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Flashcards in CVS - special circulations Deck (47)
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1

What are the major differences between the systemic and pulmonary circulations?

1. Systemic circulation is demand led whereas the pulmonary circulation is supply driven
2. Pulmonary system offers minimal flow resistance, operating as a low resistance, low pressure system
3. In the pulmonary circulation poor perfusion results in vasoconstriction, whereas in the systemic circulation it results in vasodilation.

2

What are the two circulations that supply the lungs?

1. The bronchial circulation - supplies the metabolic needs and is part of the systemic circulation
2. The pulmonary circulation - blood supply to alveoli for gas exchange

3

What causes the low resistance in the pulmonary system?

1. Short, wide vessels
2. Lots of capillaries (many parallel elements)
3. Arterioles have relatively little smooth muscle

4

How are the lungs adapted to promote efficient gas exchange?

1. Very dense network of capillaries in alveoli wall - large SA
2. Short diffusion distance (endothelium and alveoli epithelium together ~0.3 micrometres)

5

What is the optimal ventilation perfusion ratio?

0.8

6

How is the optimal ventilation perfusion ratio maintained in the lungs?

Blood is diverted away from alveoli that are not well ventilated. This is called hypoxic pulmonary vasoconstriction.

7

What is the most important mechanism maintaining pulmonary vascular tone?

Hypoxic pulmonary vasoconstriction

8

What are the causes of ventilation/ perfusion mismatch?

Many cardiovascular and respiratory disease cause this. Also physiological shunting of improperly oxygenated blood occurs due to a small mismatch caused by effect of gravity. Gravity increases the blood flow to the base of the lungs, whereas more air is delivered to the apices of the lungs.

9

What are some causes of chronic hypoxia?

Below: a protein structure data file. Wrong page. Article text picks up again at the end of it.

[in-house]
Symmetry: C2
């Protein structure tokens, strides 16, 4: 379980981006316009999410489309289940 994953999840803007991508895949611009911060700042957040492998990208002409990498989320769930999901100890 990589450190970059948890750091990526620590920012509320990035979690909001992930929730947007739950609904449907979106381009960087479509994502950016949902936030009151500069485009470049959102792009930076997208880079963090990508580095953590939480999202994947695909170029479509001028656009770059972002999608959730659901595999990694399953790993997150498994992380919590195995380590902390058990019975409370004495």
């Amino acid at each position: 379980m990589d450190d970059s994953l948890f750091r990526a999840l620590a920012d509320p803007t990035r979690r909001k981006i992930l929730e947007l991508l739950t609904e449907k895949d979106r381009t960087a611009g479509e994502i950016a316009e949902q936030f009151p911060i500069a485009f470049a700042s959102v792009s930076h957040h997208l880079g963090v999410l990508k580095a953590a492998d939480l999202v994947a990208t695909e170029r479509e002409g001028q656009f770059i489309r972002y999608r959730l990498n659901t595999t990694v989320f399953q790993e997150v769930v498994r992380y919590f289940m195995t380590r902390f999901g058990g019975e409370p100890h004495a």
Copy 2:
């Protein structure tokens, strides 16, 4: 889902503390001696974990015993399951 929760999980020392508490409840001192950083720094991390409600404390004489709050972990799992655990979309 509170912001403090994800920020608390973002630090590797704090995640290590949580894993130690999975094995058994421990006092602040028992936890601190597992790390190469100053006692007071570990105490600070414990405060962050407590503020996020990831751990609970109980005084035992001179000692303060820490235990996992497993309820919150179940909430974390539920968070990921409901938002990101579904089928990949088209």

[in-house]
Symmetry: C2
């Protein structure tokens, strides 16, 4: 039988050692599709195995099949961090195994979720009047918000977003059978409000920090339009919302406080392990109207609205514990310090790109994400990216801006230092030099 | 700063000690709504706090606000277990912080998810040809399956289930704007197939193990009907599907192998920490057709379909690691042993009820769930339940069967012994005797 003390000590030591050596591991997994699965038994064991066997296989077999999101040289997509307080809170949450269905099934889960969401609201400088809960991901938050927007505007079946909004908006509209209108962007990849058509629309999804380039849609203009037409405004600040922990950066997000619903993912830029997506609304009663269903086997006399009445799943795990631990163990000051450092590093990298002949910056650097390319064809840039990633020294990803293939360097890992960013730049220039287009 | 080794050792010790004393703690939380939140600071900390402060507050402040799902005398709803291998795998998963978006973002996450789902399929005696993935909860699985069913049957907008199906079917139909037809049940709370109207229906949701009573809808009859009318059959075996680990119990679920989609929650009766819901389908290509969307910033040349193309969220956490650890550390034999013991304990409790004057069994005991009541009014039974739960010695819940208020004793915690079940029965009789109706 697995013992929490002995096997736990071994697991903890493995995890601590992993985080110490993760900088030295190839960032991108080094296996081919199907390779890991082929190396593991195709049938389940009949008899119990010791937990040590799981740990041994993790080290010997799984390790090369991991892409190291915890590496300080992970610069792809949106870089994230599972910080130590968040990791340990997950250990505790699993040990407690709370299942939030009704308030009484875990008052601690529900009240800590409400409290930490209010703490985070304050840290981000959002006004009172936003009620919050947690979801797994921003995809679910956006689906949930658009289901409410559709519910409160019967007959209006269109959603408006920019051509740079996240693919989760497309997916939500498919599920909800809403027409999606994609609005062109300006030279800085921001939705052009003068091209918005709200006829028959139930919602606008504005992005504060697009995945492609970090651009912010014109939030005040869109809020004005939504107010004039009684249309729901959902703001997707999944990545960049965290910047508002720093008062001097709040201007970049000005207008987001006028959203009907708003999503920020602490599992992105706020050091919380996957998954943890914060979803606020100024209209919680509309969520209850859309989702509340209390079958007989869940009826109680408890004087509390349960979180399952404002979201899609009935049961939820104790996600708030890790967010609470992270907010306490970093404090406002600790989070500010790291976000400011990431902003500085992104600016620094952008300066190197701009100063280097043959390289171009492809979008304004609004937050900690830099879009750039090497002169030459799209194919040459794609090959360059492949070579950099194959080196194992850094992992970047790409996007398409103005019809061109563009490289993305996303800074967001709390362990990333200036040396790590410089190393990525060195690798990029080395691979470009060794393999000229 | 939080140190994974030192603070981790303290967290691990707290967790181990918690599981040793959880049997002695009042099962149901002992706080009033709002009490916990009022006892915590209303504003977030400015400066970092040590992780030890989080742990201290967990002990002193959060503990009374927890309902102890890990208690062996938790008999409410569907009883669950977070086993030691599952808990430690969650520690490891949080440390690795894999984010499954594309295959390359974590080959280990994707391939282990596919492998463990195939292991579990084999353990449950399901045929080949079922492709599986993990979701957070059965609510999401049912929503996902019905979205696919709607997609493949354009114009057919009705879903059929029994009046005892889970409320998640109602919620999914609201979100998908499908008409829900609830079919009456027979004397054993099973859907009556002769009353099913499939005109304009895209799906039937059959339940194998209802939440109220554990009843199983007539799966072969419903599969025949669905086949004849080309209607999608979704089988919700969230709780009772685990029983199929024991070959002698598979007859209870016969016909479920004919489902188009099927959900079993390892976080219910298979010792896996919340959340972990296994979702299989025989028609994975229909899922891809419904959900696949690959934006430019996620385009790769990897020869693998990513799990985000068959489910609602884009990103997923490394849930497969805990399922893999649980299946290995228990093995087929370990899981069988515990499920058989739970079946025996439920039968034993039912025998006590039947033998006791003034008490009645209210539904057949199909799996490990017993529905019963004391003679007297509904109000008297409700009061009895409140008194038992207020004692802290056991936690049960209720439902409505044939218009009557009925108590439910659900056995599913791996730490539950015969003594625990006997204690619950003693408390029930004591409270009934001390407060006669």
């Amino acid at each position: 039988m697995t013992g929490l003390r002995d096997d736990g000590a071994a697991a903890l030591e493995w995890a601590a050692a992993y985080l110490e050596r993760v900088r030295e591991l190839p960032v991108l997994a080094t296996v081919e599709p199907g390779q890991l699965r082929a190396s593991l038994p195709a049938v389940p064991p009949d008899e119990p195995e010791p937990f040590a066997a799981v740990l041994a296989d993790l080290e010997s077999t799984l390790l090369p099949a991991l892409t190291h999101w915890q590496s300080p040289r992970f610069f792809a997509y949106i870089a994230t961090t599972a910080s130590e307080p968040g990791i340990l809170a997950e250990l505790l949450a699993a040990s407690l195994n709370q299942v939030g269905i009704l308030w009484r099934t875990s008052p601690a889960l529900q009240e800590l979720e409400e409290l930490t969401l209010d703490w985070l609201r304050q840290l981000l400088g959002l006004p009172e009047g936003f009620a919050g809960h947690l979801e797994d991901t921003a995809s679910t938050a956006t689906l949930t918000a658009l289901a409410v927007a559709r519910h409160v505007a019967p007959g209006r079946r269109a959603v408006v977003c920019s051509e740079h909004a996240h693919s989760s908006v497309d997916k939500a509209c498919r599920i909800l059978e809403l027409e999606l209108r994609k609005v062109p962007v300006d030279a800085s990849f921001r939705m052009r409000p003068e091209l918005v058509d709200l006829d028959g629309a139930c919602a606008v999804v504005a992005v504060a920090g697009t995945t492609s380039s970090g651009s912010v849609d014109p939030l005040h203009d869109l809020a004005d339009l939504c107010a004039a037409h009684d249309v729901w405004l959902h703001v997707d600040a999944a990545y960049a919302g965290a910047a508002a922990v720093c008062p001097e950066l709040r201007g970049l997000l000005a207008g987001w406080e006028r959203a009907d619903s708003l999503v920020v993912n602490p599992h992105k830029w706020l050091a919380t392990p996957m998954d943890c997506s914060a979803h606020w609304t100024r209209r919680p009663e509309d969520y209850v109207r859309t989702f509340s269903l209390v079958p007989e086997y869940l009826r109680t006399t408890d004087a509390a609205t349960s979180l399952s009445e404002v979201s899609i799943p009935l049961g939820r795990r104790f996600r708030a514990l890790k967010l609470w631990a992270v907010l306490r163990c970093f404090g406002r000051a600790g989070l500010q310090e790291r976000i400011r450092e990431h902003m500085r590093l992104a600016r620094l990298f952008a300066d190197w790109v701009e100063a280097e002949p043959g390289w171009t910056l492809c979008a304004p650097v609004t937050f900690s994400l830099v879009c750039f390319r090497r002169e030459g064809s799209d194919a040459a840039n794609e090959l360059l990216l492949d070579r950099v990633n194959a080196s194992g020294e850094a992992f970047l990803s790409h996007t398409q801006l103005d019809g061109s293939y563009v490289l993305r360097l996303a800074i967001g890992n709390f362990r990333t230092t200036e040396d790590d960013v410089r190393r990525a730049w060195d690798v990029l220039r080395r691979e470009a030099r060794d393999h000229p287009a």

The effects of altitude or chronic lung diseases such as emphysema.

10

How can chronic hypoxic pulmonary vasoconstriction lead to right ventricular failure?

It increases the resistance of the pulmonary circulation and therefore the pressure that the right ventricle requires to pump the entire cardiac output through the lung (chronic pulmonary hypertension). This leads to right ventricular hypertrophy and the high afterload on the right ventricle can lead to failure.

11

What is the effect of exercise on the pulmonary circulation?

1. Increased cardiac output
2. Small increase in pulmonary capillary pressure
3. Apical capillaries open up
4. Larger oxygen uptake in lungs
5. As blood flow increases capillary transit time is reduced, therefore less efficient gas exchange (but generally not enough to compromise gas exchange)

12

What is the biggest influence on capillary hydrostatic pressure in the systemic circulation?

Venous pressure - therefore hypertension does not result in peripheral oedema (silent killer), whereas heart failure increases venous pressure and therefore does cause peripheral oedema.

13

What minimises the formation of lung lymph?

Capillary pressure in the pulmonary circulation is lower than in the systemic circulation (but has the same plasma oncotic pressure). BUT oncotic pressure into the lung tissue is higher than that in the periphery. Together these two processes even out, so that filtration is roughly equal to reabsorption.

14

Although venous pressure is the biggest influence on capillary hydrostatic pressure. An increase in pulmonary arterial pressure can cause pulmonary oedema too. What can cause an increase in pulmonary arterial pressure?